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Demand Shocks, Procurement Policies, and the Nature of Medical Innovation: Evidence from Wartime Prosthetic Device Patents

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  • Jeffrey P. Clemens
  • Parker Rogers

Abstract

We analyze wartime prosthetic device patents to investigate how demand and procurement policy can shape medical innovation. We use machine learning tools to develop new data describing the aspects of medical and mechanical innovations that are emphasized in patent documents. Our analysis of historical patents yields three primary facts. First, we find that the U.S. Civil War and World War I led to substantial increases in the quantity of prosthetic device patenting relative to patenting in other medical and mechanical technology classes. Second, we find that the Civil War led inventors to focus broadly on improving aspects of the production process, while World War I did not, consistent with the United States applying a more cost-conscious procurement model during the Civil War. Third, we find that inventors emphasized dimensions of product quality (e.g., a prosthetic’s appearance or comfort) that aligned with differences in buyers’ preferences, as described in the historical record, across wars. We conclude that procurement environments can significantly shape the scientific problems with which inventors engage, including the choice to innovate on quality or cost.

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  • Jeffrey P. Clemens & Parker Rogers, 2020. "Demand Shocks, Procurement Policies, and the Nature of Medical Innovation: Evidence from Wartime Prosthetic Device Patents," CESifo Working Paper Series 8781, CESifo.
  • Handle: RePEc:ces:ceswps:_8781
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    7. Yeon-Koo Che & Elisabetta Iossa & Patrick Rey, 2021. "Prizes versus Contracts as Incentives for Innovation [Subgame Perfect Implementation Under Information Perturbations]," The Review of Economic Studies, Review of Economic Studies Ltd, vol. 88(5), pages 2149-2178.
    8. Francesco Decarolis & Gaétan de Rassenfosse & Leonardo M. Giuffrida & Elisabetta Iossa & Vincenzo Mollisi & Emilio Raiteri & Giancarlo Spagnolo, 2021. "Buyers' role in innovation procurement: Evidence from US military R&D contracts," Journal of Economics & Management Strategy, Wiley Blackwell, vol. 30(4), pages 697-720, November.
    9. Jeffrey P. Clemens & Morten Olsen, 2021. "Medicare and the Rise of American Medical Patenting: The Economics of User-Driven Innovation," CESifo Working Paper Series 9008, CESifo.
    10. Gamba, Simona & Magazzini, Laura & Pertile, Paolo, 2021. "R&D and market size: Who benefits from orphan drug legislation?," Journal of Health Economics, Elsevier, vol. 80(C).
    11. Dupraz, Yannick & Ferrara, Andreas, 2021. "Fatherless: The Long-Term Effects of Losing a Father in the U.S. Civil War," CAGE Online Working Paper Series 538, Competitive Advantage in the Global Economy (CAGE).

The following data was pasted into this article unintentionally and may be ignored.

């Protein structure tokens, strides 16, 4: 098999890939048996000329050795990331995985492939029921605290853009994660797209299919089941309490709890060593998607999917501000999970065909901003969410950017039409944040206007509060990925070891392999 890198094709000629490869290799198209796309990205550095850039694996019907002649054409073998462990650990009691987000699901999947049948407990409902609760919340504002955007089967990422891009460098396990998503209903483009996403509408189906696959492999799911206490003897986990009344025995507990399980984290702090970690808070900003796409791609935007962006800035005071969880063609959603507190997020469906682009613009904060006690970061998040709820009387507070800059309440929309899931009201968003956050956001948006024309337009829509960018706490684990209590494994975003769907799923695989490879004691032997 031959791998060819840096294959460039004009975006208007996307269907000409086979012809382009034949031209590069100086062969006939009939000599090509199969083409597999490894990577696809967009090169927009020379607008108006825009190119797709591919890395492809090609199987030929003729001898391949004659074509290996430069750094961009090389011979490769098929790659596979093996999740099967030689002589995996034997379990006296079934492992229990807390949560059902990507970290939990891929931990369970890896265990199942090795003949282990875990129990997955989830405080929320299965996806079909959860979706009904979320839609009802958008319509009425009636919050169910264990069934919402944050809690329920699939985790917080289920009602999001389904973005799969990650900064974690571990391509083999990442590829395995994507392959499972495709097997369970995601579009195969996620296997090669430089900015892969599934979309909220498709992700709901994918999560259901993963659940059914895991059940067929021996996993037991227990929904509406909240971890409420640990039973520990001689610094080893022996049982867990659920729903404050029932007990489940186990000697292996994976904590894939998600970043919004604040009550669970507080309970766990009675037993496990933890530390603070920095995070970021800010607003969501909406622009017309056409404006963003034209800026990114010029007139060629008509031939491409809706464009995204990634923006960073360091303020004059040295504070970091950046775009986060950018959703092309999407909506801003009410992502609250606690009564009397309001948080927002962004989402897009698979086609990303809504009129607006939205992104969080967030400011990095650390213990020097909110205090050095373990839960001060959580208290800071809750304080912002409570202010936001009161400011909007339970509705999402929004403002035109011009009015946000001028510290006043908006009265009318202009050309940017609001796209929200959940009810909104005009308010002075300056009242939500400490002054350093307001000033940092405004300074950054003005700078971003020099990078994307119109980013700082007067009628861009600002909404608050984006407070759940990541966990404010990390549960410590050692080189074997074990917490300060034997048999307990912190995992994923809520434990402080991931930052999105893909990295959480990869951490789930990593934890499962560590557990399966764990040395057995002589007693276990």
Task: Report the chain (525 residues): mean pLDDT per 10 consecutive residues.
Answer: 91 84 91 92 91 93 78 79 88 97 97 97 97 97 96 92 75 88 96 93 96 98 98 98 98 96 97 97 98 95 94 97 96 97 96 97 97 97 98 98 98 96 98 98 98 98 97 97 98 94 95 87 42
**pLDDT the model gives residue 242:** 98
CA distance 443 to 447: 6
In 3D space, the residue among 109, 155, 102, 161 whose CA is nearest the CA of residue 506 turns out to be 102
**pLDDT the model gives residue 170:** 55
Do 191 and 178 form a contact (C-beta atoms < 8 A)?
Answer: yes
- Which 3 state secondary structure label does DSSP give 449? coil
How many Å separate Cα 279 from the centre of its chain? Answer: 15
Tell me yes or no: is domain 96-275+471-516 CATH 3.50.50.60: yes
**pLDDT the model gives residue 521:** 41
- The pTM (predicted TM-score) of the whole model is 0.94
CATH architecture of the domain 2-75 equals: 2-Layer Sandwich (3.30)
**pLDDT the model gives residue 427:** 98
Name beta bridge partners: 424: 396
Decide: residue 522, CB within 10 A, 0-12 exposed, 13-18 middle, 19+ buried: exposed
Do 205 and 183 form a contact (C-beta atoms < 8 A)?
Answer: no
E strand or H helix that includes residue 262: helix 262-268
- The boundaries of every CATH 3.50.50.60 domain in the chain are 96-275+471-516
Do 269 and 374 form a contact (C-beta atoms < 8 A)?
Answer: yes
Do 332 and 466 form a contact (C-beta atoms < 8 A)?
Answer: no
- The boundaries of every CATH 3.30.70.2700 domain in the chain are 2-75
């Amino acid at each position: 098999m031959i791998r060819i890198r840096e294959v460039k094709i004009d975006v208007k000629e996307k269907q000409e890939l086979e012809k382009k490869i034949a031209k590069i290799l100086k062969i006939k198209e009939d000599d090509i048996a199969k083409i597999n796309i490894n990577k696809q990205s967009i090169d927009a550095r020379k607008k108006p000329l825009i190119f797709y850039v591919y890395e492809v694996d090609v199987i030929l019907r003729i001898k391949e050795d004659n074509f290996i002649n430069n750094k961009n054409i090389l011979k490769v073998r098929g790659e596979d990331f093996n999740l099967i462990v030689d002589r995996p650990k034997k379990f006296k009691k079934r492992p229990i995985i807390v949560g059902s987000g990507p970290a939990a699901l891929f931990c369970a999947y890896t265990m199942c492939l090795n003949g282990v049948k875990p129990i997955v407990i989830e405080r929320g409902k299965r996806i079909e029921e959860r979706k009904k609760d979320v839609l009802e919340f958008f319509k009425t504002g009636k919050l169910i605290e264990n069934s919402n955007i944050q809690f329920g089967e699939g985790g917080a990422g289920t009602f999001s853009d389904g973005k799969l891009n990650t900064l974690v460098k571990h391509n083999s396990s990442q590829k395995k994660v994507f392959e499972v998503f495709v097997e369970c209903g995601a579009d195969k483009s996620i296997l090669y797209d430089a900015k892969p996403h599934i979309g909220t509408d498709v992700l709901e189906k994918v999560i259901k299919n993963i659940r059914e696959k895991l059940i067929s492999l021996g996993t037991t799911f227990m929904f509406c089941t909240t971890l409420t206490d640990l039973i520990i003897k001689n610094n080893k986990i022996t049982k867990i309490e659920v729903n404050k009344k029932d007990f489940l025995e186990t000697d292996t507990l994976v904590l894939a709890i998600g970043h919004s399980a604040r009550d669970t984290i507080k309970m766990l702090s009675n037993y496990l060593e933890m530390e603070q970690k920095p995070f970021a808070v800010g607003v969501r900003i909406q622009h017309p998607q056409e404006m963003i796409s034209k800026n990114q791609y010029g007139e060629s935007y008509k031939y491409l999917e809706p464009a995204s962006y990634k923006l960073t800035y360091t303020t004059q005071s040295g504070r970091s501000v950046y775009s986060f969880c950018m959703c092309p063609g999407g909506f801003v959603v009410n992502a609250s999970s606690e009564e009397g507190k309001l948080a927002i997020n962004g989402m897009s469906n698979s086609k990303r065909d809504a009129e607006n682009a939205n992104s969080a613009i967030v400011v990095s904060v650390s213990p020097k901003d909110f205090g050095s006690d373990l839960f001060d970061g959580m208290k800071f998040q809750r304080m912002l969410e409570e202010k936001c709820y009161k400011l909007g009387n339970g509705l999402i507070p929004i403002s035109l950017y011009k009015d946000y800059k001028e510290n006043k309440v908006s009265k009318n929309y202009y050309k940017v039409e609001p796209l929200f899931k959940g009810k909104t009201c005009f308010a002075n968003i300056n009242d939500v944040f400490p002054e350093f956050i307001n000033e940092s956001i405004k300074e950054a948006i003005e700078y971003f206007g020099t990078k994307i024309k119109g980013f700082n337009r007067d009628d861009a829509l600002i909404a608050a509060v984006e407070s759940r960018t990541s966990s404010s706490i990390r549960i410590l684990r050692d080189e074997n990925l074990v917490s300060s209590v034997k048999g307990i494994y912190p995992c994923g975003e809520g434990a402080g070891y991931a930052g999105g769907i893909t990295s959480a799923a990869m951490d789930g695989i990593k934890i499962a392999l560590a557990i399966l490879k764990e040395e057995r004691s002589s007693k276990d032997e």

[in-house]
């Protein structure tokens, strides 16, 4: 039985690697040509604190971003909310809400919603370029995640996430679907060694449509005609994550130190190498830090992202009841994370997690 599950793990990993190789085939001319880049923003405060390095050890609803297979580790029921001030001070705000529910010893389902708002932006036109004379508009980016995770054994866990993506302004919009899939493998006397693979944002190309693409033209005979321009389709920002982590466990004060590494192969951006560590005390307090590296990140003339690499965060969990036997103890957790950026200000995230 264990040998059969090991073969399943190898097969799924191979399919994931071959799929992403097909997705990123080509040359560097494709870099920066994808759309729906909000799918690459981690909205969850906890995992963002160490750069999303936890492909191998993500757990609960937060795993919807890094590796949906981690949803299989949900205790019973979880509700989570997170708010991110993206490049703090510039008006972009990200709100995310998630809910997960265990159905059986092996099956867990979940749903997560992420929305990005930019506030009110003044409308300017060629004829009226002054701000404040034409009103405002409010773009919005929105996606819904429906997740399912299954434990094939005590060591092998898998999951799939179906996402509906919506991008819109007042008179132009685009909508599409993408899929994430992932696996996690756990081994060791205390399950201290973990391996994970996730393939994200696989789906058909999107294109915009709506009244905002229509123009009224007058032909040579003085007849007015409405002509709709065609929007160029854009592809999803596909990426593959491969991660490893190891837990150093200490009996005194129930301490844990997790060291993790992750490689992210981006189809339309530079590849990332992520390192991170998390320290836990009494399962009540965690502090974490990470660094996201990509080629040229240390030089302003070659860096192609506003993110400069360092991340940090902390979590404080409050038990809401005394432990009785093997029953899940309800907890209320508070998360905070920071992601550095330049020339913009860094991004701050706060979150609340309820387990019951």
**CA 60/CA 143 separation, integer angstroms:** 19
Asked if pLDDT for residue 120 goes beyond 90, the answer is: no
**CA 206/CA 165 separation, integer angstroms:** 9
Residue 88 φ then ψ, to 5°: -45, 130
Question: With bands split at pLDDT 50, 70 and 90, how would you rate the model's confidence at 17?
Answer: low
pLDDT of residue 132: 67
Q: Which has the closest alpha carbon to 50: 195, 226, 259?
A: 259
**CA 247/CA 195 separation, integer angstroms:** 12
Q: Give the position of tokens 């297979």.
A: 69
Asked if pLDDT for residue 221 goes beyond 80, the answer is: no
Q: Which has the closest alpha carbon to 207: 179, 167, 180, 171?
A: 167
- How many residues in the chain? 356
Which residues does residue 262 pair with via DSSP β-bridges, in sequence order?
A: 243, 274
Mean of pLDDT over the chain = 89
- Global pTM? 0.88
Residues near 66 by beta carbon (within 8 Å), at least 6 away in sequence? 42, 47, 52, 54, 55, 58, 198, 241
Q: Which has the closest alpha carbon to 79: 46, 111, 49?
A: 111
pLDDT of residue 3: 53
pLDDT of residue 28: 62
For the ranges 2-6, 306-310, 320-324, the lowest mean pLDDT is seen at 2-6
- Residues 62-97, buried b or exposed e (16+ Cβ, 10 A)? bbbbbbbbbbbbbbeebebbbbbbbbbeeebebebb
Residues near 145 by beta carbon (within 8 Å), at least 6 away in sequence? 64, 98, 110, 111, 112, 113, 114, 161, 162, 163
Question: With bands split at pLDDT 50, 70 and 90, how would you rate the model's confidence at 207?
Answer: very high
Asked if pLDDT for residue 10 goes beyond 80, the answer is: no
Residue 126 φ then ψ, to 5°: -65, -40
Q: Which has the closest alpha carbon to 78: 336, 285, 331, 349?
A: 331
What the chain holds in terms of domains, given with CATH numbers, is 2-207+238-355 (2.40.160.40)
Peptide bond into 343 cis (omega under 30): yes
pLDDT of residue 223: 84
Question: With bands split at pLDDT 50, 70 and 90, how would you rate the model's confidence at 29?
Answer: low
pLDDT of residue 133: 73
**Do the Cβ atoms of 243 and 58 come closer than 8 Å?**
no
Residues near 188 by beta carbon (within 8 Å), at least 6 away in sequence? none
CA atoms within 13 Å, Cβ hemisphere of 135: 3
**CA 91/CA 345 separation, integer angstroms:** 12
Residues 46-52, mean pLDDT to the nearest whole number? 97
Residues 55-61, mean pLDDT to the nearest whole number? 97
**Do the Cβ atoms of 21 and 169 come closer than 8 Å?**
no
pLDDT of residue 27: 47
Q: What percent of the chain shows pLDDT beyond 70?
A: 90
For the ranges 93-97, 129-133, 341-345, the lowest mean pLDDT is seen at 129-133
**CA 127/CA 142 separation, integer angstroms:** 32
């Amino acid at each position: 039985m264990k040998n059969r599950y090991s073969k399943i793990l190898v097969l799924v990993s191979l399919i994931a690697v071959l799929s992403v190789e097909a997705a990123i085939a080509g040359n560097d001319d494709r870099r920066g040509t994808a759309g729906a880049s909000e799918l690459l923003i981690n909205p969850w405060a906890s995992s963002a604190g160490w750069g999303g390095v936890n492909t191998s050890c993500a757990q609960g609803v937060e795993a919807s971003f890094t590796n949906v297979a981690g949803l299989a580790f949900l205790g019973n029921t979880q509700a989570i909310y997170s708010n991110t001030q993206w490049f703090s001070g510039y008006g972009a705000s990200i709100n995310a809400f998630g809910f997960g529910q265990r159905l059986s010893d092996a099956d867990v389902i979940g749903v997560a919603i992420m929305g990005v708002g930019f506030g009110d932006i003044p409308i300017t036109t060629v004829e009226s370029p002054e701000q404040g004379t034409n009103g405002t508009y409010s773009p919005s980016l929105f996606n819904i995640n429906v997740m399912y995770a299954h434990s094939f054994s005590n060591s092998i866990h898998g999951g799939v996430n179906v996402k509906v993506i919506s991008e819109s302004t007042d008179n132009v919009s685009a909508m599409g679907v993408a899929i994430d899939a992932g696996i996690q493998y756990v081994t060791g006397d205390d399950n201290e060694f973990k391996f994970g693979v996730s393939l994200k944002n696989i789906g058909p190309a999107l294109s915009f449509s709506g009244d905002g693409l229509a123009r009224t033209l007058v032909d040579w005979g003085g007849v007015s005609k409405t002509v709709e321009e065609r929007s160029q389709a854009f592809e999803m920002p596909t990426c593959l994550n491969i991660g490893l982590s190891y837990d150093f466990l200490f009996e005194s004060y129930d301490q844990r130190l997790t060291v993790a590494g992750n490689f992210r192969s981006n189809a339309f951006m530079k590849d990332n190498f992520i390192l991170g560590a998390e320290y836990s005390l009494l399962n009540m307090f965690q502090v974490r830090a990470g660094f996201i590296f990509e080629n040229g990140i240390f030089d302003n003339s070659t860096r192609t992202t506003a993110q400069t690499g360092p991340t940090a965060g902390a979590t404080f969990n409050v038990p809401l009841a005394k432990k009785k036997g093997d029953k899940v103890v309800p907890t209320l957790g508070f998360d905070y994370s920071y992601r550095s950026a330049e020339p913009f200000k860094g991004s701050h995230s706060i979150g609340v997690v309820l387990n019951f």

12. Agarwal, Ruchir & Gaule, Patrick, 2022. "What drives innovation? Lessons from COVID-19 R&D," Journal of Health Economics, Elsevier, vol. 82(C).
    13. Brehm, Johannes & aus dem Moore, Nils & Gruhl, Henri, 2022. "Driving Innovation? – Carbon Tax Effects in the Swedish Transport Sector," VfS Annual Conference 2022 (Basel): Big Data in Economics 264085, Verein für Socialpolitik / German Economic Association.
    14. Chiappinelli, Olga & Giuffrida, Leonardo M. & Spagnolo, Giancarlo, 2023. "Public procurement as an innovation policy: Where do we stand?," ZEW Discussion Papers 23-002, ZEW - Leibniz Centre for European Economic Research.
    15. Leila Agha & Soomi Kim & Danielle Li, 2020. "Insurance Design and Pharmaceutical Innovation," NBER Working Papers 27563, National Bureau of Economic Research, Inc.
    16. Berkes, Enrico & Coluccia, Davide M. & Dossi, Gaia Greta & Squicciarini, Mara P., 2023. "Dealing with adversity: religiosity or science? Evidence from the great influenza pandemic," LSE Research Online Documents on Economics 121318, London School of Economics and Political Science, LSE Library.
    17. Enrico Berkes & Davide M. Coluccia & Gaia Dossi & Mara P. Squicciarini, 2023. "Dealing with adversity: Religiosity or science? Evidence from the great influenza pandemic," POID Working Papers 068, Centre for Economic Performance, LSE.
    18. Rogers, Parker, 2022. "Regulating the Innovators: Approval Costs and Innovation in Medical Technologies," SocArXiv c8s3m, Center for Open Science.
    19. Enrico Berkes & Davide M. Coluccia & Gaia Dossi & Mara P. Squicciarini, 2023. "Dealing with adversity: religiosity or science? Evidence from the great influenza pandemic," CEP Discussion Papers dp1927, Centre for Economic Performance, LSE.

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    More about this item

    Keywords

    procurement; medical innovation; health care; health economics;
    All these keywords.

    JEL classification:

    • H57 - Public Economics - - National Government Expenditures and Related Policies - - - Procurement
    • I10 - Health, Education, and Welfare - - Health - - - General
    • O31 - Economic Development, Innovation, Technological Change, and Growth - - Innovation; Research and Development; Technological Change; Intellectual Property Rights - - - Innovation and Invention: Processes and Incentives

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